If you want to know how to better handle your feelings and stay motivated, take a look at my other article: Procrastination Is a Matter of Emotion, Here’s How to Stop It

    4. The Busy Bee Who Lacks Prioritization

    Either you have too many tasks or don’t truly acknowledge the differing importance of each task. The result? Getting nothing done.

    Time is spent switching constantly from one task to another or spending too much time deciding what to do.

    How to Tackle It?

    It’s all about priorities and choosing important tasks over urgent ones.

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    Make sure to question the value and purpose of each task and make a list in order of importance.

    For example, throughout your work day, you can waste a lot of time dealing with ‘urgent’ emails from colleagues but, you need to ask yourself if these are more important than working on a task that will affect, say, several office projects at once.

    Help yourself to prioritize and set a goal of working through your list over the next few hours reassessing the situation once the time is up.

    In my other article, I talk about an effective way to prioritze and achieve more in less time: How to Prioritize Right in 10 Minutes and Work 10X Faster

    5. The One with Shiny Object Syndrome (Distraction-Prone)

    This is another common cause for procrastination; just simple distraction.

    Our brains aren’t wired to focus for long periods of time and it looks for something else. So throw in a bunch of colleagues equally looking for distractions or checking your phone mindlessly, and you’ve got a recipe for ultimate procrastination.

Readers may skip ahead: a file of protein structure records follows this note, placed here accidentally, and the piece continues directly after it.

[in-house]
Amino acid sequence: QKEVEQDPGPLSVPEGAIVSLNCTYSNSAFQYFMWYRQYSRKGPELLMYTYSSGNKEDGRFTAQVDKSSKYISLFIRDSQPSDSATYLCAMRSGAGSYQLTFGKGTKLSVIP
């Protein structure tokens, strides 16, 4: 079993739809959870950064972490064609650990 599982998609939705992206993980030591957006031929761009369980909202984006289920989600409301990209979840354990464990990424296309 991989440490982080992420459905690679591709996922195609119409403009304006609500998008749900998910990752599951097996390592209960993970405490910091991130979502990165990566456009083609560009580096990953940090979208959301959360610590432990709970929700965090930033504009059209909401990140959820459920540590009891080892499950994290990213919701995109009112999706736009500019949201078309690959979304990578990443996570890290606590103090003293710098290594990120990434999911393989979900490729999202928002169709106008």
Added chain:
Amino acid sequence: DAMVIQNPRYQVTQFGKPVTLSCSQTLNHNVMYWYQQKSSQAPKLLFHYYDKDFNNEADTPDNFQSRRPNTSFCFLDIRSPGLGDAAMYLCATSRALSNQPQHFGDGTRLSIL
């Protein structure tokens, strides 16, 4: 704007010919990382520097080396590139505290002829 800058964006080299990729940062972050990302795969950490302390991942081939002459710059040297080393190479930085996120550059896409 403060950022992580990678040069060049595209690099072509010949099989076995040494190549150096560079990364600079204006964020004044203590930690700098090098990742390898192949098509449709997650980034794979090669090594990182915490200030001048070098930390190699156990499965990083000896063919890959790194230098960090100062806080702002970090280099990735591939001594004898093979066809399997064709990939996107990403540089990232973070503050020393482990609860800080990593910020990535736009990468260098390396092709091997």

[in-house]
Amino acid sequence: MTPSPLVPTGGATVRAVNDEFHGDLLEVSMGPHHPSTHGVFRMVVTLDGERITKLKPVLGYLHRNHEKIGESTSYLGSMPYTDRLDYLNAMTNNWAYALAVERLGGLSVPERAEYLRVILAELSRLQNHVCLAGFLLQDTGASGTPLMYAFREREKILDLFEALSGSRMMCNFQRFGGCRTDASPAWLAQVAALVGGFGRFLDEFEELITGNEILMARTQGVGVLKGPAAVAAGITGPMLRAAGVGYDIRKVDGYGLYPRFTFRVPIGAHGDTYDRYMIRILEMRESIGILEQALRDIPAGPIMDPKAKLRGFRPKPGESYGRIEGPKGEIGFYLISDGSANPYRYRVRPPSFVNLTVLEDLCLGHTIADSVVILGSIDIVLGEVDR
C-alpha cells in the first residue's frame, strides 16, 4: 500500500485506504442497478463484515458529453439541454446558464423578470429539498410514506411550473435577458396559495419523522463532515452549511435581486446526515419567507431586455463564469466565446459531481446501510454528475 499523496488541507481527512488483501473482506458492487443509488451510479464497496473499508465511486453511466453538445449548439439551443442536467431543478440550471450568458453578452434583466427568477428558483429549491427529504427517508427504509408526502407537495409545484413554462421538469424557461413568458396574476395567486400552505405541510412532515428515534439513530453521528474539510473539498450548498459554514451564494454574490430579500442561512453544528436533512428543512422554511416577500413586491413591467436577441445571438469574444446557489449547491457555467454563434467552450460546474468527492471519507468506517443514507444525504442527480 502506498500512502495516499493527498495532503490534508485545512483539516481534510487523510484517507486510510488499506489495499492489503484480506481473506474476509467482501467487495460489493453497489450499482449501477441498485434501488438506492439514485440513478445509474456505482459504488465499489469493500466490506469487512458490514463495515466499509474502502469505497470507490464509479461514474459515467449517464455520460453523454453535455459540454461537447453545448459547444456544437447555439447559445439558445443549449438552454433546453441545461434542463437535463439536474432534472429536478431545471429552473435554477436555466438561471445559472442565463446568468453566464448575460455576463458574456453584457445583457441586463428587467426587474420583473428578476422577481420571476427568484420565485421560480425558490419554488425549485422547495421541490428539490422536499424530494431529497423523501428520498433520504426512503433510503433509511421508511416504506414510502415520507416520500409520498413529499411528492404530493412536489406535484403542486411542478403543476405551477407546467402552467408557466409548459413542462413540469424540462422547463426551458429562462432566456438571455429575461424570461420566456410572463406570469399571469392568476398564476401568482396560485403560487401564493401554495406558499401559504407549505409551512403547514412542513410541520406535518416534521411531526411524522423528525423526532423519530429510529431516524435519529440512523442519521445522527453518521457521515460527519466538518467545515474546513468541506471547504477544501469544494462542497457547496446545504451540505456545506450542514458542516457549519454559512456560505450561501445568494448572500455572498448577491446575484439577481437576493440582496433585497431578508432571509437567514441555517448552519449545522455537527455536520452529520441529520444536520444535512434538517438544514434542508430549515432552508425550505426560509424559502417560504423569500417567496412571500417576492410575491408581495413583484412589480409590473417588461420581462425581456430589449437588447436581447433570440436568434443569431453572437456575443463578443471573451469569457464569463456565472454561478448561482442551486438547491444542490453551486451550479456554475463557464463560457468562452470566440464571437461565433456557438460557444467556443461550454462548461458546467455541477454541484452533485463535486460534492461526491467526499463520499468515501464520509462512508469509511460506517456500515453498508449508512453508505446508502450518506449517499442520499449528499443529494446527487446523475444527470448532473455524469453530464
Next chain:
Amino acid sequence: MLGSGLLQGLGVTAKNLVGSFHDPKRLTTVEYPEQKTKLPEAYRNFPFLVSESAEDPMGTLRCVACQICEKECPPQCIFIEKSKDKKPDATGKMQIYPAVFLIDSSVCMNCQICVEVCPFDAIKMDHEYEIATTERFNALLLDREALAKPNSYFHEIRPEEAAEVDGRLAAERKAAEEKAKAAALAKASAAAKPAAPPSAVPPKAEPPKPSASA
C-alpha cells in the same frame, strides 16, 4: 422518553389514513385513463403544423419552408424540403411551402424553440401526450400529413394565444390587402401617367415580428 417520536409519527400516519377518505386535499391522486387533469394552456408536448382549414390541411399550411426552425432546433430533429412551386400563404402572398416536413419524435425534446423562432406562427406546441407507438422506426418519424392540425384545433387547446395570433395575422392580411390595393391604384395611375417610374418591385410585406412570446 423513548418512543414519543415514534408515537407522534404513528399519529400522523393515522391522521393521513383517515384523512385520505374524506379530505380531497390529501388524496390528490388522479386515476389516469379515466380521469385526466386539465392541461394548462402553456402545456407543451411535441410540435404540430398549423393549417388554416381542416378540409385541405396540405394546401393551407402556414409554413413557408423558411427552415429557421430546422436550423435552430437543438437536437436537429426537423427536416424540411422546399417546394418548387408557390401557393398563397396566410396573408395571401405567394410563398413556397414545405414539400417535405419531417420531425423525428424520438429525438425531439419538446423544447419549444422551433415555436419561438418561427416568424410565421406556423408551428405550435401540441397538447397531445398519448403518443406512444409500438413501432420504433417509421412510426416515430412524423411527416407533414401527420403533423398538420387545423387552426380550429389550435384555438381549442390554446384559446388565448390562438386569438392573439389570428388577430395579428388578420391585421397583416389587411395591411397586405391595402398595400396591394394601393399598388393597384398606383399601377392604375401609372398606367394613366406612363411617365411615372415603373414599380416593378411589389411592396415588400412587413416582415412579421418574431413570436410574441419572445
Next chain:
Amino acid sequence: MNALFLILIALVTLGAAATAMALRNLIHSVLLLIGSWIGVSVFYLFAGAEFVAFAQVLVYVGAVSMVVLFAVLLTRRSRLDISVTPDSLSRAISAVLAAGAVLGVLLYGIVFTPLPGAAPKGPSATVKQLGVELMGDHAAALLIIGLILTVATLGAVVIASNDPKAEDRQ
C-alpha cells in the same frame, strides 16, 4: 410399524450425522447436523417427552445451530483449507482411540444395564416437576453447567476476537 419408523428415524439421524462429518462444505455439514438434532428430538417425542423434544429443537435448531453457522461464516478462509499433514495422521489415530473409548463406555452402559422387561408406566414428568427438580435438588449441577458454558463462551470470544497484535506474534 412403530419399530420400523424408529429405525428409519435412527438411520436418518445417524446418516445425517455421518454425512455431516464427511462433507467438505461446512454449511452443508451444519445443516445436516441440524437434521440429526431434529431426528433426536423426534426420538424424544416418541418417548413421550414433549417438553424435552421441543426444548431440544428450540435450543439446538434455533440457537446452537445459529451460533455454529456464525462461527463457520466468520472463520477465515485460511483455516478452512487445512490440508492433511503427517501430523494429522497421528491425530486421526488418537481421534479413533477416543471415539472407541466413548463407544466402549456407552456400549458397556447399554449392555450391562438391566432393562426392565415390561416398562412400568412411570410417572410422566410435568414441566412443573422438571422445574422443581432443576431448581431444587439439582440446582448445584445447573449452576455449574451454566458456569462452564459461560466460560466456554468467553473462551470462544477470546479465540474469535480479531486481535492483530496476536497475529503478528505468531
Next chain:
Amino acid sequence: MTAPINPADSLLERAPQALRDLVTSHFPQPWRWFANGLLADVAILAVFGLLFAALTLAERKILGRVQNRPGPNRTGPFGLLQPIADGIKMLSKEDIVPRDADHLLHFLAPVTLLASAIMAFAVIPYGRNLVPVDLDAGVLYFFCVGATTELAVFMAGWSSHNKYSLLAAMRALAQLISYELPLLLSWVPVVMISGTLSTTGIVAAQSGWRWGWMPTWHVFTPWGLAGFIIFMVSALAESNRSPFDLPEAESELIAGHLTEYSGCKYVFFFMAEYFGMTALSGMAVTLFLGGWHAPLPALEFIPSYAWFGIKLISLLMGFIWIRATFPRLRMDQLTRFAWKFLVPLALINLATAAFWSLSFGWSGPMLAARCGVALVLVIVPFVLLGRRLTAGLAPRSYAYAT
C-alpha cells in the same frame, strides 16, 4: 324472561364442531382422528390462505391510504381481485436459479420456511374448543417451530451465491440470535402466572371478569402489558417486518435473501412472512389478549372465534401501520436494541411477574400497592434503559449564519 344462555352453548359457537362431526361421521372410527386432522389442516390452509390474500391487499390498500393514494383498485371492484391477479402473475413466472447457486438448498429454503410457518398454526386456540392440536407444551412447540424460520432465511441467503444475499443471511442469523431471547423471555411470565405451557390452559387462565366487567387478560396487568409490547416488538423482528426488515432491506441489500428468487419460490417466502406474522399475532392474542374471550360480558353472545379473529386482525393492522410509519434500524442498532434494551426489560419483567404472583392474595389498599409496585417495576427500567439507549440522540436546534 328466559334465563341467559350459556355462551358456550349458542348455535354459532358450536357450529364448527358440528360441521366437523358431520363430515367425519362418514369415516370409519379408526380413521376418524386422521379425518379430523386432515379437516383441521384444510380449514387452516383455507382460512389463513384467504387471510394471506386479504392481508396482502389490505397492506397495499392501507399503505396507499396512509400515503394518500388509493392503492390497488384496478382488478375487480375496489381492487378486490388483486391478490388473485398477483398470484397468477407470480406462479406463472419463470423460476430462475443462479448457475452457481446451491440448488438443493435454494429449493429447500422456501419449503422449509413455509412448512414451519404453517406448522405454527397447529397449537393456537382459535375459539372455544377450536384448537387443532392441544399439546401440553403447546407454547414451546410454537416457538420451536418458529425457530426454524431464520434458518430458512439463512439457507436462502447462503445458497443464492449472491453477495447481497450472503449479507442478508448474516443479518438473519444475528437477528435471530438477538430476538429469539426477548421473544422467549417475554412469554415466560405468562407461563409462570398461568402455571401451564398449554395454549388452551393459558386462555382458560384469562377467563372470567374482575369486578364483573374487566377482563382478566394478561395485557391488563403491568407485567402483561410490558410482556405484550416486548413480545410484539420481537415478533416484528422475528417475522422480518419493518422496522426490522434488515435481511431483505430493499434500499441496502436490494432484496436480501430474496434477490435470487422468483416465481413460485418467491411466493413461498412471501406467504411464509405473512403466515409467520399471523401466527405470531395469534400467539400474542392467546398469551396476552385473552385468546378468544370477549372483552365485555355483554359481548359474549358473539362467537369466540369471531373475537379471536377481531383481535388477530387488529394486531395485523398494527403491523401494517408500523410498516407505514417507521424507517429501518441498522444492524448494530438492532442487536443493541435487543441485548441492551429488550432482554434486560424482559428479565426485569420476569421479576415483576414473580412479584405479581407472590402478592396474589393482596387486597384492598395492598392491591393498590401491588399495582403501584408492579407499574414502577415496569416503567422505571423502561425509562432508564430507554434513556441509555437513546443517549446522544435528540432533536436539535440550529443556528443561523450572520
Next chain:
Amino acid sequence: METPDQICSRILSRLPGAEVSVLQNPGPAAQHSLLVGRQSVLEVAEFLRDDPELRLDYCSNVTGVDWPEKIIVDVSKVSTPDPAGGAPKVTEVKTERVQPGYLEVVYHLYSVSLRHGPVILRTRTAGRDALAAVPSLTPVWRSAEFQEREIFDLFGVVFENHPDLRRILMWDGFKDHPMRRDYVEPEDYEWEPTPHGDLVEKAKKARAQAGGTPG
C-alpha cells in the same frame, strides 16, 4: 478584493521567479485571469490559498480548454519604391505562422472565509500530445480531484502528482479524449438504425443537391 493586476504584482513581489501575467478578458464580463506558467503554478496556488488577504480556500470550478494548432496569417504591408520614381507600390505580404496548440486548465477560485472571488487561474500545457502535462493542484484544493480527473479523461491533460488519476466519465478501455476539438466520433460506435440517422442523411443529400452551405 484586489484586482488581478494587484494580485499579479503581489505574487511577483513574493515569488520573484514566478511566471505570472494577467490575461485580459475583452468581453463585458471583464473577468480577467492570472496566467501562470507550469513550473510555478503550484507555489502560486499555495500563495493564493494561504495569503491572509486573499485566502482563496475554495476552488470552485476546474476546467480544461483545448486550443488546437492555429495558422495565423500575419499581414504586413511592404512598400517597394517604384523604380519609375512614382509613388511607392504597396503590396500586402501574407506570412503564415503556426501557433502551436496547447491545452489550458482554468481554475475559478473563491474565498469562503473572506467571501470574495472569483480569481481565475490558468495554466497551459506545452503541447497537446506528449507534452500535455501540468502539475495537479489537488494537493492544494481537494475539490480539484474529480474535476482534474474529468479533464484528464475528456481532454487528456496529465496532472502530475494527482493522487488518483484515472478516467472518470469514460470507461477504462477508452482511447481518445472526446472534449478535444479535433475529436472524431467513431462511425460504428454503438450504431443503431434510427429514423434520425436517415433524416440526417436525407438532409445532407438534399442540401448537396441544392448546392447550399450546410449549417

However, this type of procrastination may not always be an unconscious decision to sabotage and put off work. It’s simply a result of your work setup or types of coworkers you have. Only you know the answer to that.

    How to Tackle It?

    Be mindful of your workspace and potential distractions. Schedule a specific time to converse with your coworkers, put headphones on to minimize listening to what’s going on around you, and switch your phone off.

    Aim to do this for 20-30 minutes at a time and then take a break. This will be a much more efficient way of working and getting what you need done. This is also why scheduling down time is so important for productivity.

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    Whether this type of procrastination is self-sabotage or being a victim of a distracting environment, either way you can take control.

    If you need a little more guidance on how to stay focus, this guide can help you: How to Focus and Maximize Your Productivity (the Definitive Guide)

    Bottom Line

    I’m going to be bold and assume you identified with at least one of these procrastination pitfalls.

    You could be trapped in the endless cycle of procrastination like I was, that is, until I decided to find out my why behind putting off tasks and projects. It was only then that I could implement strategies and move forward in a positive and productive way.

    I killed the procrastination monster and so can you. I now complete my tasks more efficiently and completely killed that feeling of stress and falling behind with work that procrastination brings.

    I know it’s not easy to stop procrastinating right away, so I also have this complete guide to help you stop it once and for all: Procrastination – A Step-By-Step Guide to Stop Procrastinating

    Featured photo credit: Luke Chesser via unsplash.com